For DARCARS Automotive Group, this could have been a horrible year.
On Jan. 9, the founder's daughter, Tamara Darvish, 51, sued her father and the company over control, potentially creating tension and uncertainty among nonfamily managers. On April 1, coverage of the split by The Washington Post, the group's local newspaper, prompted some readers to call for a boycott of DARCARS.
For most companies, the very public dispute would have meant damage control and a struggle to keep employees focused on the job. But DARCARS CEO John Dar-vish Jr., 42, insists it hasn't played out that way.
Asked about the challenge of keeping employees on track amid the distraction of the lawsuit, he responded, "I have to disagree with the premise of your question. I hear that question as, 'You have a mess on your hands, and you've got chaos going on.' It's simply not true.
"We have an amazing company culture at DARCARS, and our employees are now and continue to be focused on Job 1, which is serving our customers," he told Automotive News. "We've been clearly communicating, and people are not focused on this; they're focused on taking care of their customers."
The company's results, he said, prove his point: The dealership group had its best net profit ever in the first quarter.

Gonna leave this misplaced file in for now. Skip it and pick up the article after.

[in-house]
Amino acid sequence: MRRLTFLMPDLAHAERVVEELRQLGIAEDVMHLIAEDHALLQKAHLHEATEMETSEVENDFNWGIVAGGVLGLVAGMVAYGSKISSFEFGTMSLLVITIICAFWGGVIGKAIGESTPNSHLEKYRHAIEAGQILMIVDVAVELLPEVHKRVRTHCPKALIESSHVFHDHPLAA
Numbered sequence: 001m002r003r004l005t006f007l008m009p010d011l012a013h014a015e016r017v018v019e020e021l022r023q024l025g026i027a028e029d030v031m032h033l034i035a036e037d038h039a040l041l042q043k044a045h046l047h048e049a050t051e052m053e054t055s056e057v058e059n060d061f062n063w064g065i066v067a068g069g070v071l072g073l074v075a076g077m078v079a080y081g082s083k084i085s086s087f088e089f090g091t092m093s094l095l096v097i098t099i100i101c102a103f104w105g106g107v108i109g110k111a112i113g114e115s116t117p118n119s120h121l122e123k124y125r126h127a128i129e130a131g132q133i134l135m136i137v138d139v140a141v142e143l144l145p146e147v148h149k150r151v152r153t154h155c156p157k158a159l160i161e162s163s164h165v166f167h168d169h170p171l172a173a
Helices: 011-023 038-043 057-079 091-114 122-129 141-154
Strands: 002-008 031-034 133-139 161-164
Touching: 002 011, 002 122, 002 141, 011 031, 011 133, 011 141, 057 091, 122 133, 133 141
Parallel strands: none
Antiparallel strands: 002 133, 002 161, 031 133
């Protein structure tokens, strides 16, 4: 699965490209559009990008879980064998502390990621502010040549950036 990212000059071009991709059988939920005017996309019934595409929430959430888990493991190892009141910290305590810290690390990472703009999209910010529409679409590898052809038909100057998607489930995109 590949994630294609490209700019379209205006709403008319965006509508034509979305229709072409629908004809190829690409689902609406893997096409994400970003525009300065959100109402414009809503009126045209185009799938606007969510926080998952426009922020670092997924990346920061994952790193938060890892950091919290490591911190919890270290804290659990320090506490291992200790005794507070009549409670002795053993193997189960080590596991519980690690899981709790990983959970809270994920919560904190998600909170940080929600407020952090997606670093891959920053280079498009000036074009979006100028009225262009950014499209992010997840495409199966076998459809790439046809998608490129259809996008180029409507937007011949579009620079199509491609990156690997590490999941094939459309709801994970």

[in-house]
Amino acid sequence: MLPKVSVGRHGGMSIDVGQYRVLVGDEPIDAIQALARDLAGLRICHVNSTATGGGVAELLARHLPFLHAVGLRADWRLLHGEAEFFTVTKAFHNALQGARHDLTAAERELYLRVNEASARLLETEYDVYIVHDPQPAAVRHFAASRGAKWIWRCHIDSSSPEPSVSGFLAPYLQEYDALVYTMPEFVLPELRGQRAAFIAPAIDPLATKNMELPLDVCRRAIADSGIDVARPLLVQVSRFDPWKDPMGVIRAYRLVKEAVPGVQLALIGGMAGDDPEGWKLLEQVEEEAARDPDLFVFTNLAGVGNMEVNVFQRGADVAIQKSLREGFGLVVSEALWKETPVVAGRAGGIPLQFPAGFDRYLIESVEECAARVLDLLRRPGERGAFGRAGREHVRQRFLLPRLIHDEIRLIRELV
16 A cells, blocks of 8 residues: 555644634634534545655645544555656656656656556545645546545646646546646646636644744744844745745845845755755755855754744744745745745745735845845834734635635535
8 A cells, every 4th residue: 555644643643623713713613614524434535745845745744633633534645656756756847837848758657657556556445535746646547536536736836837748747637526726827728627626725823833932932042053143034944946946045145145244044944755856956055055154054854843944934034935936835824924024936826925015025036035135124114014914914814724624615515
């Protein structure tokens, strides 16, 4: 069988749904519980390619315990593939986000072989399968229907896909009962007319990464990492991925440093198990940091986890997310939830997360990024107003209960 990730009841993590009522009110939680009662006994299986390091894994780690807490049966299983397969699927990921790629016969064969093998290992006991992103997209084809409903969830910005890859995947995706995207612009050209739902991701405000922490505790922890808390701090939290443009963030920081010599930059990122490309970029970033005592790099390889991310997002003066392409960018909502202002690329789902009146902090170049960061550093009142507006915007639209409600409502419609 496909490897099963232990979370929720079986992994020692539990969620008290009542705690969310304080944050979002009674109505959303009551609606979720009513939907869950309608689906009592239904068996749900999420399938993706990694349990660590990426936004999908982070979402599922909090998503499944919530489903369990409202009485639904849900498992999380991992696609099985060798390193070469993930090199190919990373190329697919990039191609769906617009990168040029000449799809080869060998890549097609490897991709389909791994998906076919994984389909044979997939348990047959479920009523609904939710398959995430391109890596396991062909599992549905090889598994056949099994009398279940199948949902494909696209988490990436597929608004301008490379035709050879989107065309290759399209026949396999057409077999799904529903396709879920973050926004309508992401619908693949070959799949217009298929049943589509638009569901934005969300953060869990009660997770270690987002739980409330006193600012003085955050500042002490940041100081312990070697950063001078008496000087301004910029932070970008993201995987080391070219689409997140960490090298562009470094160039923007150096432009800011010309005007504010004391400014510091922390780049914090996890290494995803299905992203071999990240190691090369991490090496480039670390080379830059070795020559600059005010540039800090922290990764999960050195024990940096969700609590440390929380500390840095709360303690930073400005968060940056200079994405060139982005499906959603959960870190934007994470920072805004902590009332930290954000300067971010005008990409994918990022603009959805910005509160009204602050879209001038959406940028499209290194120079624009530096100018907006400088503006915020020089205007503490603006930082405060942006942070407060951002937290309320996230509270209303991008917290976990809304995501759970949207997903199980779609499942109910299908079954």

Not that he ignored the issue.
Darvish and his brother, COO Jamie Darvish, 39, already had gone on a round of fact-finding visits to the group's stores shortly after taking control of the company in March 2014.
After the lawsuit was filed, the two hit the road again. John Darvish Jr. has visited all 21 DARCARS stores multiple times since January. In those visits, he acknowledged the lawsuit and shared store statistics to inspire employees to keep up the good work, he said.
"He's been very direct," said Robin Stein, general manager of DARCARS Nissan of College Park in Maryland. John Darvish Jr. and Jamie visited Stein's store four times in the past six months, she said. They talked about the lawsuit, saying, "If you hear a rumor [of a lawsuit], it's true. But it will not change anything on the store level," Stein said. "I think having it addressed and acknowledged helped."